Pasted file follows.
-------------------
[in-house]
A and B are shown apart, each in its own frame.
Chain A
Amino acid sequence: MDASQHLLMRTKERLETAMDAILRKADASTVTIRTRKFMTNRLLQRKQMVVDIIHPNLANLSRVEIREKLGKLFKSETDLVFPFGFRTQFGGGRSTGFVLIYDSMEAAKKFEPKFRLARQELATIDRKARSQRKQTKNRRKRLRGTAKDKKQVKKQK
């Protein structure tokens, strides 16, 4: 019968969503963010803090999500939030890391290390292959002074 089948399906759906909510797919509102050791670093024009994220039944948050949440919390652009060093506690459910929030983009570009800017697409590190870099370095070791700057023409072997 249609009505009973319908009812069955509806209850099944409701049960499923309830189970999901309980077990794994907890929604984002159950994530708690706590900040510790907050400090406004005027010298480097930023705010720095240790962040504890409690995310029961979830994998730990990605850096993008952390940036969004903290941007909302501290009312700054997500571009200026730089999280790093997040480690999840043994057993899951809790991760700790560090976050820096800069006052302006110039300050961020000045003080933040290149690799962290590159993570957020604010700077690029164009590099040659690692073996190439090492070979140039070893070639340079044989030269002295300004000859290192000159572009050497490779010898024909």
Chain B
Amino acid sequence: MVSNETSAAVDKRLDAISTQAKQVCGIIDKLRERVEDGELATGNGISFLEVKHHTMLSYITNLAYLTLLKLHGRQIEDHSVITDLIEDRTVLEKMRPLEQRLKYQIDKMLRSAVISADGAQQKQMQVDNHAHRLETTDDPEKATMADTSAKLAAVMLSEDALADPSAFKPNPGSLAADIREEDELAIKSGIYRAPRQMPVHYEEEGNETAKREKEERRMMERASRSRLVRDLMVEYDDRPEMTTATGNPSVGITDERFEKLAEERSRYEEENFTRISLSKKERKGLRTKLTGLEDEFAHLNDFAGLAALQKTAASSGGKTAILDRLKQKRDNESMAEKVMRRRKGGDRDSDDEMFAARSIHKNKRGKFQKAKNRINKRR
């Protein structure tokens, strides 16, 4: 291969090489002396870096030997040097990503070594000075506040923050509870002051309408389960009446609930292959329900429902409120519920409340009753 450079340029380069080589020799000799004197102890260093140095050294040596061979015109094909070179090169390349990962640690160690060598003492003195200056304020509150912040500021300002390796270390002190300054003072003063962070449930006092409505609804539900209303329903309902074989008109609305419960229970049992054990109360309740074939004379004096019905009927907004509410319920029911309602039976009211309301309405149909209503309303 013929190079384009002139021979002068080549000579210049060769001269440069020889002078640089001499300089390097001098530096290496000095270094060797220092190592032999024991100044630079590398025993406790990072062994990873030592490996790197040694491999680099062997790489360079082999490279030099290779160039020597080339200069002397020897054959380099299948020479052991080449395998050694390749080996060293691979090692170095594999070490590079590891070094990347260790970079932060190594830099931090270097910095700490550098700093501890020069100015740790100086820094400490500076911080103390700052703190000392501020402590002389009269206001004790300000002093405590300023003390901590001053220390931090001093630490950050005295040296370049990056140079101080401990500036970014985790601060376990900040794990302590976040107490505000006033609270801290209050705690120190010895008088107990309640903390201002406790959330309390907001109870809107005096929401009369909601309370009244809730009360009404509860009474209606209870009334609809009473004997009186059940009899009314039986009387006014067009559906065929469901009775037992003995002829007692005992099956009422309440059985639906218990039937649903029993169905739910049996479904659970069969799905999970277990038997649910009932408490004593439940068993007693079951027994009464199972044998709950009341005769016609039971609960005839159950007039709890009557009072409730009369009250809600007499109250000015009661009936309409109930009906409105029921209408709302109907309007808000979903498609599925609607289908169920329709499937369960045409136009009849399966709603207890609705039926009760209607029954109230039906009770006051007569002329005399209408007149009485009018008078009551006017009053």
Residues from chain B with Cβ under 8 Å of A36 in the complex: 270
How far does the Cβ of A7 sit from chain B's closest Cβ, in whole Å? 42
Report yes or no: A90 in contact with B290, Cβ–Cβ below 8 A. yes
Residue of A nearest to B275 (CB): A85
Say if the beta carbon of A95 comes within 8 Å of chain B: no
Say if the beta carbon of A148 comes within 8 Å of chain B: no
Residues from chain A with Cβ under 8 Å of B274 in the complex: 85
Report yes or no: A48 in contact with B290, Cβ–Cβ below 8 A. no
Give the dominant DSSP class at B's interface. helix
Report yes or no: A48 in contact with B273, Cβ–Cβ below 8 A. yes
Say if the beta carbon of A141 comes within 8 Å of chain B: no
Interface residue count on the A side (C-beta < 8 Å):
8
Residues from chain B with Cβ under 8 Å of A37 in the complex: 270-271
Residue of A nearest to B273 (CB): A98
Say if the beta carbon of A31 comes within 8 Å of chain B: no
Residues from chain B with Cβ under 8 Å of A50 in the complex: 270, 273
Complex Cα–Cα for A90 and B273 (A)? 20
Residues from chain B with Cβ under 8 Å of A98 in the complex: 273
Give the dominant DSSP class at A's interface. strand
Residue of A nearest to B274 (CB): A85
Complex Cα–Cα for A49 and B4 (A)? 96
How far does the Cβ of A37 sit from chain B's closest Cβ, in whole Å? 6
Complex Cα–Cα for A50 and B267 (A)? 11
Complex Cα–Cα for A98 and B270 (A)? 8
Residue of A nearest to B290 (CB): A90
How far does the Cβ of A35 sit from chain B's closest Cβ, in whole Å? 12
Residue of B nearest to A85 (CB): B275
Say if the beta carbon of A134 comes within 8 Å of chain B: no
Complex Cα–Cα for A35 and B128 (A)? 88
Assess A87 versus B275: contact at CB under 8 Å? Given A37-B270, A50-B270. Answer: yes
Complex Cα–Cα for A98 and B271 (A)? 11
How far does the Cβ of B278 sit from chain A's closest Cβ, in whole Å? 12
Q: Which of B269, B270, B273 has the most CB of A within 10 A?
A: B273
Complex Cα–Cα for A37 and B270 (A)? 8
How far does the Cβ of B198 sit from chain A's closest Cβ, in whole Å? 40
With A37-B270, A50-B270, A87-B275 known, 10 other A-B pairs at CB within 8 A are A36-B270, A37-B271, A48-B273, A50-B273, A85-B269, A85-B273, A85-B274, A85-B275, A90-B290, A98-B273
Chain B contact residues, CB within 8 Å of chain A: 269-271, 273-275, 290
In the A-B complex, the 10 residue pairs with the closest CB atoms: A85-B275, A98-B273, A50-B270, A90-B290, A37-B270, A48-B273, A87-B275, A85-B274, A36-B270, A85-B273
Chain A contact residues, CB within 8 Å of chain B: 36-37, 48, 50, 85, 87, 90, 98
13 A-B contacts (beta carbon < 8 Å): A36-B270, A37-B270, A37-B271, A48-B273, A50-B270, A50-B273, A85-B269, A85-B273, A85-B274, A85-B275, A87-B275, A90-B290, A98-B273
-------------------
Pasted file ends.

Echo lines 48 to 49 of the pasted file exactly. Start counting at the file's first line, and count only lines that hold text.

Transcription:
In the A-B complex, the 10 residue pairs with the closest CB atoms: A85-B275, A98-B273, A50-B270, A90-B290, A37-B270, A48-B273, A87-B275, A85-B274, A36-B270, A85-B273
Chain A contact residues, CB within 8 Å of chain B: 36-37, 48, 50, 85, 87, 90, 98